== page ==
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Research paper
Mapping the contribution and strategic distribution patterns of neuroimaging features of small vessel disease in poststroke cognitive impairment
  1. Lin Shi1,2,3,
  2. Lei Zhao4,
  3. Fu Ki Yeung4,
  4. Shun Yiu Wong5,
  5. Ronald K T Chan5,
  6. Ming Fai Tse5,
  7. Sze Chun Chan5,
  8. Yee Ching Kwong5,
  9. Ka Chun Li5,
  10. Kai Liu1,
  11. Jill M Abrigo1,
  12. Alexander Y L Lau4,6,7,
  13. Adrian Wong4,6,7,
  14. Bonnie Y K Lam4,6,7,
  15. Thomas W H Leung4,
  16. Jianhui Fu8,
  17. Winnie C W Chu1,
  18. Vincent C T Mok2,4,6,7
  1. 1Department of Imaging and Interventional Radiology, The Chinese University of Hong Kong, Hong Kong, China
  2. 2Chow Yuk Ho Technology Centre for Innovative Medicine, The Chinese University of Hong Kong, Hong Kong, China
  3. 3BrainNow Medical Technology Limited, Hong Kong Science and Technology Park, Hong Kong, China
  4. 4Department of Medicine and Therapeutics, The Chinese University of Hong Kong, Hong Kong, China
  5. 5Department of Biomedical Engineering, The Chinese University of Hong Kong, Hong Kong, China
  6. 6Therese Pei Fong Chow Research Centre for Prevention of Dementia, The Chinese University of Hong Kong, Hong Kong, China
  7. 7Lui Che Woo Institute of Innovative Medicine, The Chinese University of Hong Kong, Hong Kong, China
  8. 8Department of Neurology, Huashan Hospital, Fudan University, Shanghai, China
  1. Correspondence to Dr Lin Shi, Department of Imaging and Interventional Radiology, The Chinese University of Hong Kong, Hong Kong, China; shilin{at}cuhk.edu.hk and Dr Vincent C T Mok, Department of Medicine and Therapeutics, The Chinese University of Hong Kong, 9th floor, Lui Che Woo Clinical Sciences Building, Prince of Wales Hospital, Shatin, New Territories, Hong Kong, China; vctmok{at}cuhk.edu.hk

Abstract

Objectives Individual neuroimaging features of small vessel disease (SVD) have been reported to influence poststroke cognition. This study aimed to investigate the joint contribution and strategic distribution patterns of multiple types of SVD imaging features in poststroke cognitive impairment.

Methods We studied 145 first-ever ischaemic stroke patients with MRI and Montreal Cognitive Assessment (MoCA) examined at baseline. The local burdens of acute ischaemic lesion (AIL), white matter hyperintensity, lacune, enlarged perivascular space and cross-sectional atrophy were quantified and entered into support vector regression (SVR) models to associate with the global and domain scores of MoCA. The SVR models were optimised with feature selection through 10-fold cross-validations. The contribution of SVD features to MoCA scores was measured by the prediction accuracy in the corresponding SVR model after optimisation.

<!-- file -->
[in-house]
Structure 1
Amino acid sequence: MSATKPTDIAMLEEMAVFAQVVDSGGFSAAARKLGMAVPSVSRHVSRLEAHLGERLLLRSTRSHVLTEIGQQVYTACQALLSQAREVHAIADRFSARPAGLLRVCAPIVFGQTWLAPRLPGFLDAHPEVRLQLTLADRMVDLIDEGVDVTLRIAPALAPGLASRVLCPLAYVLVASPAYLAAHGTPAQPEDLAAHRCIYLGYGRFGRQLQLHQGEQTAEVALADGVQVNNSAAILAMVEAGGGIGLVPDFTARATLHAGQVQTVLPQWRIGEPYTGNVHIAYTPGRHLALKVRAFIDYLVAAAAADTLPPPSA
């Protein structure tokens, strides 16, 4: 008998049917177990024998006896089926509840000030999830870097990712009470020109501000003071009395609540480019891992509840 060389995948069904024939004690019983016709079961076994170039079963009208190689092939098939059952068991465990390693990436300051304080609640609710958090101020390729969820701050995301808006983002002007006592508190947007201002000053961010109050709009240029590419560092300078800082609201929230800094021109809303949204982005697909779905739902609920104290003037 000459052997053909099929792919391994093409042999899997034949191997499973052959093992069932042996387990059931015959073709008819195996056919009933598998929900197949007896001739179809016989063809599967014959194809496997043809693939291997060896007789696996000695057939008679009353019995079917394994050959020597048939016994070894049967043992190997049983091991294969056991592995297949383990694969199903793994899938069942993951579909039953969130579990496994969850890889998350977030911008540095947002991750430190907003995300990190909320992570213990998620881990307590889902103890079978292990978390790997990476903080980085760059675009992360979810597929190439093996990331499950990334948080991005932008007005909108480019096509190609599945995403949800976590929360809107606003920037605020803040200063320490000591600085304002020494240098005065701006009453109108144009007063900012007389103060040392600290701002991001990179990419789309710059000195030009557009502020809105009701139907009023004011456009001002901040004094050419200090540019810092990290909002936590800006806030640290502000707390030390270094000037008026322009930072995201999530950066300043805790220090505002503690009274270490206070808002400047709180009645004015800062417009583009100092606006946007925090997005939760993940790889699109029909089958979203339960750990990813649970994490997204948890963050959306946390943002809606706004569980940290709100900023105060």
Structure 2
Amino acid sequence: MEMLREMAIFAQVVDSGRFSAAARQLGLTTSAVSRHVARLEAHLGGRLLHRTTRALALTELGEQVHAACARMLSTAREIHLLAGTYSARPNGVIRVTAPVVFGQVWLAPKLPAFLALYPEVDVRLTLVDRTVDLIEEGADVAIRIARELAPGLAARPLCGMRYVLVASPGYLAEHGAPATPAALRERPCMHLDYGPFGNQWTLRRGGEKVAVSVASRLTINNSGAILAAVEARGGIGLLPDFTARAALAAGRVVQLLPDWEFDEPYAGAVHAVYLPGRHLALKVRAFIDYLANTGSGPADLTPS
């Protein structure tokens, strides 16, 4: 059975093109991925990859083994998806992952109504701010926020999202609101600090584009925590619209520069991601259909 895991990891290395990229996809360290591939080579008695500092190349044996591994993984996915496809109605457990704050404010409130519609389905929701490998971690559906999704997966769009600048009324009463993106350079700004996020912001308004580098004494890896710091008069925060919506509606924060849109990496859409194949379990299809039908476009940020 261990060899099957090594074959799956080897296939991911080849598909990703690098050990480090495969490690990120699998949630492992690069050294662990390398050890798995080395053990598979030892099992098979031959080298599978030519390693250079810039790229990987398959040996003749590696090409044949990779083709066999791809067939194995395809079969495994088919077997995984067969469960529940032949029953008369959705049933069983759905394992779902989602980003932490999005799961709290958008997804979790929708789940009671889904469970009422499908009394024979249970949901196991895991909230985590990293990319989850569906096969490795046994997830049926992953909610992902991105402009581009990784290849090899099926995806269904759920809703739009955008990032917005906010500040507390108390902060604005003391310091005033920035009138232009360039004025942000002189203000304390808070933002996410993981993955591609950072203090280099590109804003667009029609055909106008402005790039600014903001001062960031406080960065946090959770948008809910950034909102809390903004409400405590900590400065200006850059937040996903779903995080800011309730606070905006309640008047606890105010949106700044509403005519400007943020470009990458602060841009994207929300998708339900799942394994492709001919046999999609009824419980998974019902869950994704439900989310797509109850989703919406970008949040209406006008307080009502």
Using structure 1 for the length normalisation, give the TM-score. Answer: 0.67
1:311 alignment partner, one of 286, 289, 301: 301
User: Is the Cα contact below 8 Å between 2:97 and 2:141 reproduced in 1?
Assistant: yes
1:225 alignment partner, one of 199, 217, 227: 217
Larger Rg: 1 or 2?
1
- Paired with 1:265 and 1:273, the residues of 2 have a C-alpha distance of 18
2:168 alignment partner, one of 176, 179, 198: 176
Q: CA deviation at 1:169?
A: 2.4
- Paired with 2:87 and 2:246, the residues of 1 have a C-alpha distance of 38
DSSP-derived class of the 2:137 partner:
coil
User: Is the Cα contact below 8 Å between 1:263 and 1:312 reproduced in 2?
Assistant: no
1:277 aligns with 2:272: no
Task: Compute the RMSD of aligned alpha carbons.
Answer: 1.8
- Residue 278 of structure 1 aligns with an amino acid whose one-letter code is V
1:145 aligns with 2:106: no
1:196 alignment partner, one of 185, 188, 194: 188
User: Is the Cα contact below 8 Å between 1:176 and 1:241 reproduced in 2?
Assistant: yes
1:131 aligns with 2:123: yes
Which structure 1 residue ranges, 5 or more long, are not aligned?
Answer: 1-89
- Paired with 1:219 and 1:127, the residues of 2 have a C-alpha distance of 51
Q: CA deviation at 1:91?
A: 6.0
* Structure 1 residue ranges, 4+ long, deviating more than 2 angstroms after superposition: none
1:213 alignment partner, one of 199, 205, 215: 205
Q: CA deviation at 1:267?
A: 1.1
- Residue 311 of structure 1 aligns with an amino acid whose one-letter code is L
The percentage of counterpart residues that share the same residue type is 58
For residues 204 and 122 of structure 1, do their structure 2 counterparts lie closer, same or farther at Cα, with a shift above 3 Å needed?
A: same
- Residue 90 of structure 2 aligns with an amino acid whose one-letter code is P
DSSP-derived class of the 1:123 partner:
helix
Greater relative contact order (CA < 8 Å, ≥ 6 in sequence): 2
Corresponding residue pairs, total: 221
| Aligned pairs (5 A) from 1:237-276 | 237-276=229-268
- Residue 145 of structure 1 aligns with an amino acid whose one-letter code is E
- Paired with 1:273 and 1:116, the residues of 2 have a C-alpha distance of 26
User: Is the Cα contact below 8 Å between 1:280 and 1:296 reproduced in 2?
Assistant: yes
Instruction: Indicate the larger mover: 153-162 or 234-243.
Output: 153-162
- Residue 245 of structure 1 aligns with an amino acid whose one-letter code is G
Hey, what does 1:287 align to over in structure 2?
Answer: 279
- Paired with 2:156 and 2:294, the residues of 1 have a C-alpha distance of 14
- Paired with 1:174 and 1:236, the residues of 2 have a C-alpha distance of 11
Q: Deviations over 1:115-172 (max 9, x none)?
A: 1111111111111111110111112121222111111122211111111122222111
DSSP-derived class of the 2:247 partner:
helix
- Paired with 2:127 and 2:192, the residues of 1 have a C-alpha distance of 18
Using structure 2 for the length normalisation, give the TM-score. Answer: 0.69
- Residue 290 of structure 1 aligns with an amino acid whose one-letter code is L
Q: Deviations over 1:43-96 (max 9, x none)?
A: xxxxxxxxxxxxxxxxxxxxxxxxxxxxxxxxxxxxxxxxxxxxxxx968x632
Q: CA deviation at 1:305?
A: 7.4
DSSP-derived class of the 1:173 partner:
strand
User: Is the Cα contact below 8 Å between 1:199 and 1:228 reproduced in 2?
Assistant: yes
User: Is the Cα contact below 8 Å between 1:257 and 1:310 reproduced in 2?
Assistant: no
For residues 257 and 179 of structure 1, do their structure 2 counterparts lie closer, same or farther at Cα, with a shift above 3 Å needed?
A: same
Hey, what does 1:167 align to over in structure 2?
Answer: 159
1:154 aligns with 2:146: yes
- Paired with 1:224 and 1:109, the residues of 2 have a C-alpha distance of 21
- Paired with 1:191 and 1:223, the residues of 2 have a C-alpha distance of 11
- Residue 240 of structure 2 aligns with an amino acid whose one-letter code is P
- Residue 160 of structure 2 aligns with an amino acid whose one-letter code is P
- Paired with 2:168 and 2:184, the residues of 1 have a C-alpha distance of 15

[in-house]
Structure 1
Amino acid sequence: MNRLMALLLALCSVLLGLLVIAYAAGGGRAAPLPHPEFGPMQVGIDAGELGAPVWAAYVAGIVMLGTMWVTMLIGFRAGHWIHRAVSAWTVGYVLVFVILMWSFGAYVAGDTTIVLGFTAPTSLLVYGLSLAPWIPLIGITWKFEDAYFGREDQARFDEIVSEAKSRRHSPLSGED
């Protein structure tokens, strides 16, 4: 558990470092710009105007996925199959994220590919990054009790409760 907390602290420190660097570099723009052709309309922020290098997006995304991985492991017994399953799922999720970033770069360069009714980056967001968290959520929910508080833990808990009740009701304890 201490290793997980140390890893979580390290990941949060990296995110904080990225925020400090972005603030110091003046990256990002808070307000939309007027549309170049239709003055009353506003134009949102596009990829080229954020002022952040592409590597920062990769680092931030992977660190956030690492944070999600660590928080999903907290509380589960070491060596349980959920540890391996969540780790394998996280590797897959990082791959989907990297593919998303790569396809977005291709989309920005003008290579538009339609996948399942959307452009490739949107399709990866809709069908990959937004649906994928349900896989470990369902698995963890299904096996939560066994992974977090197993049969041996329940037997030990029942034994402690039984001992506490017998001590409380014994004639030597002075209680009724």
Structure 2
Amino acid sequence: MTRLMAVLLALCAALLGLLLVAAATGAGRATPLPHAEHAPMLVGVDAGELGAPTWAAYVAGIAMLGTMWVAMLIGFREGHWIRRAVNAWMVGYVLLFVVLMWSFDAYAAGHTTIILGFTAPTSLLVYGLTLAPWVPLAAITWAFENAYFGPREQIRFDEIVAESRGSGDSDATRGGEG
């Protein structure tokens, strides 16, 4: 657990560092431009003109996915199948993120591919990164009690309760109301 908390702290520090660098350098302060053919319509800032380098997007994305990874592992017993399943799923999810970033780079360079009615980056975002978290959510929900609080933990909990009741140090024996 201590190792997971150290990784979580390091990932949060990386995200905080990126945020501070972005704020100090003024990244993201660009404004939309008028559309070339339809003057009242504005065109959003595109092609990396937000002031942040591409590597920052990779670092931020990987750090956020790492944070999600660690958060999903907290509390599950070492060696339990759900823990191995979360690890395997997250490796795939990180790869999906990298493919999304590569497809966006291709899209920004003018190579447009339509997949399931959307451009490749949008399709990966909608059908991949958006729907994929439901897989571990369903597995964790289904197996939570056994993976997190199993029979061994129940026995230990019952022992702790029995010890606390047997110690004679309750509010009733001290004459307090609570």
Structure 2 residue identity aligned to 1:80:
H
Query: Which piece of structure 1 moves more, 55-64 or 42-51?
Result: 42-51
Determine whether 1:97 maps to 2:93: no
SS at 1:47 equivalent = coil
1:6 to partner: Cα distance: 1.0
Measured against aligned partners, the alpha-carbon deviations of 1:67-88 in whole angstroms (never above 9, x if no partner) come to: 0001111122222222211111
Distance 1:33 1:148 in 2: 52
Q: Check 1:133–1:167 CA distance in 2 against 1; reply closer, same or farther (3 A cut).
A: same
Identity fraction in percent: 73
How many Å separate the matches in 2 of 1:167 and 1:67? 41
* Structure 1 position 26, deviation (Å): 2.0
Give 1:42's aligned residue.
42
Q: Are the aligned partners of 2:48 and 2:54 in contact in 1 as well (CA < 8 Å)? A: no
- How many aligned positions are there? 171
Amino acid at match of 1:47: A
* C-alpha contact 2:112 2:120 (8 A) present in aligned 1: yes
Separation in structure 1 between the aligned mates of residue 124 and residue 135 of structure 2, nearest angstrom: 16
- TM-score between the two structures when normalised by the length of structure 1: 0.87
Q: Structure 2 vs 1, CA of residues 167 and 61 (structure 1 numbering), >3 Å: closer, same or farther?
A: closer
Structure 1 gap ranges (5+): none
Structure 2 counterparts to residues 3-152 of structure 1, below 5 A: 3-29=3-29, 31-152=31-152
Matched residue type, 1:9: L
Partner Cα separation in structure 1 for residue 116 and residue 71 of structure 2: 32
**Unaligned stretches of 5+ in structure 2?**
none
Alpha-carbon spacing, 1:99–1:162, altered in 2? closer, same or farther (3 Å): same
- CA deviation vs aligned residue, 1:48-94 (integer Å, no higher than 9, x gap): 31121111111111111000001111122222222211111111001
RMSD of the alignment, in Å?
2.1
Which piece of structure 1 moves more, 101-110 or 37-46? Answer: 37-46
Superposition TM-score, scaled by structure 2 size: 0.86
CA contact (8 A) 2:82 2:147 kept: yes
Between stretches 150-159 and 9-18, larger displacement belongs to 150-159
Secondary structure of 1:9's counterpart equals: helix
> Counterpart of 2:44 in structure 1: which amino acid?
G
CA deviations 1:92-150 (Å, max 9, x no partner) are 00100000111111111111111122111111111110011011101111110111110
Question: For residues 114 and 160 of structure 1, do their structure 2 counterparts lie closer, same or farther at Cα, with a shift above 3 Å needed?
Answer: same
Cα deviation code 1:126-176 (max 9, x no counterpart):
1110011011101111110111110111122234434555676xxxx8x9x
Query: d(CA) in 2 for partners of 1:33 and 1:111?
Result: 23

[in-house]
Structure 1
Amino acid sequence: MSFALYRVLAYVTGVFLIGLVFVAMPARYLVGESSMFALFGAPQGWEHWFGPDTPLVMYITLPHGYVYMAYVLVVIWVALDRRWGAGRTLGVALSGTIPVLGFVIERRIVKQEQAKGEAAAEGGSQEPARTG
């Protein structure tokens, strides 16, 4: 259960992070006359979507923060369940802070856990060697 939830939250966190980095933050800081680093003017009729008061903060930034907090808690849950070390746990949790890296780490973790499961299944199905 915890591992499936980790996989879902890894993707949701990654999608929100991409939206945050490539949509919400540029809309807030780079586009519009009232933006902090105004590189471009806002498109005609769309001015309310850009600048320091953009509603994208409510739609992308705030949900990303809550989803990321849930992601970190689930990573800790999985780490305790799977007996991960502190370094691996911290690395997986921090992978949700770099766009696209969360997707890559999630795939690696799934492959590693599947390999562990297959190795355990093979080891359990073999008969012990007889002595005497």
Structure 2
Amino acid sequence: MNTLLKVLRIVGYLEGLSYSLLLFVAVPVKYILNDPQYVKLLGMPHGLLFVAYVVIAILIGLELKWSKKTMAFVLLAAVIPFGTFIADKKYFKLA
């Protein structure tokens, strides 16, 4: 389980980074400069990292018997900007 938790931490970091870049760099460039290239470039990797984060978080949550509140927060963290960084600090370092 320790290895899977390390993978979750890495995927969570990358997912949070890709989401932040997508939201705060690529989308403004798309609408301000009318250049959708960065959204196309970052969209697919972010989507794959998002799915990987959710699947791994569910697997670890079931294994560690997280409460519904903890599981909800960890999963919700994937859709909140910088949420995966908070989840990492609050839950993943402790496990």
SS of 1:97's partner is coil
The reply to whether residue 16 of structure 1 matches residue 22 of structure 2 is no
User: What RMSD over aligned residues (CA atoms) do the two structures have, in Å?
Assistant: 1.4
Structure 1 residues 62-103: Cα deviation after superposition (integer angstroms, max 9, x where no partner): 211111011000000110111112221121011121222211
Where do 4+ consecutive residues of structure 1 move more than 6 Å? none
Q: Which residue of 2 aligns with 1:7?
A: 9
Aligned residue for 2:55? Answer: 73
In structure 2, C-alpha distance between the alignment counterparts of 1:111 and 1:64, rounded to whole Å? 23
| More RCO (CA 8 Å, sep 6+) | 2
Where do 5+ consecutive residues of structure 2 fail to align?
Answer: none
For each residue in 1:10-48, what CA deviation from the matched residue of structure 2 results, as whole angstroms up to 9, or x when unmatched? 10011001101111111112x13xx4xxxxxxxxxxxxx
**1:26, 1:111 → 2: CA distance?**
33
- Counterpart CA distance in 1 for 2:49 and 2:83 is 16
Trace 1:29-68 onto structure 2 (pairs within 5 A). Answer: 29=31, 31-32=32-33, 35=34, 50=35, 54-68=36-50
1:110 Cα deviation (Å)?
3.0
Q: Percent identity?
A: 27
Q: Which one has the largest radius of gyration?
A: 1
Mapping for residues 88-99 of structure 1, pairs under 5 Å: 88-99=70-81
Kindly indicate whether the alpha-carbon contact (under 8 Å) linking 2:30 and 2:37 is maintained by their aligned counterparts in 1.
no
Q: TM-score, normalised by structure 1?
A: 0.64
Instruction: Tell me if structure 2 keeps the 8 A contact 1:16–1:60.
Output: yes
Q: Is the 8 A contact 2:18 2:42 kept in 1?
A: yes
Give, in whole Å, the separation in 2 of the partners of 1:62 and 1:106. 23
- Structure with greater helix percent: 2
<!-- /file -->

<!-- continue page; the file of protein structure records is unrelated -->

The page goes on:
Results The combination of the neuroimaging features of SVD contributed much more to the MoCA deficits on top of AILs compared with individual SVD features, and the cognitive impact of different individual SVD features was generally similar. As identified by the optimal SVR models, the important SVD-affected regions were mainly located in the basal ganglia and white matter around it, although the specific regions varied for MoCA and its domains.

Conclusions Multiple types of SVD neuroimaging features jointly had a significant impact on global and domain cognitive functionings after stroke on top of AILs. The map of strategic cognitive-relevant regions of SVD features may help clinicians to understand their complementary impact on poststroke cognition.

  • white matter hyperintensity
  • enlarged perivascular space
  • lacune
  • atrophy
  • small vessel disease
  • cognitive impairment
  • ischemic stroke
  • support vector regression
  • feature selection

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Footnotes

  • LS and LZ contributed equally.

  • Contributors LS designed the study and experiments and contributed to the main body of the manuscript. LZ performed literature survey, image registration, statistical analysis and prepared the manuscript. FKY ensured the consistency of lesion delineation. SYW, RKTC, MFT, SCC, YCK and KCL performed lesion delineation and contributed to literature survey. KL provided clinical advice on lesion delineation. JMA, , BYKL, TWHL and WCWC contributed to data collection. VCTM and JF contributed to study design. VCTM, AYLL and AW contributed to clinical evaluation.

  • Funding This study was supported by the National Key Research and Development Programme of China (2016YFC1300603), and the Research Grants Council (Project No.: CUHK 14113214) and the grants from the Innovation and Technology Commission (Project No: GHP-025-17SZ and GHP/028/14SZ) of the Hong Kong Special Administrative Region, China.

  • Competing interests None declared.

  • Patient consent Obtained.

  • Ethics approval The Joint Chinese University of Hong Kong - New Territories East Cluster Clinical Research Ethics Committee.

  • Provenance and peer review Not commissioned; externally peer reviewed.

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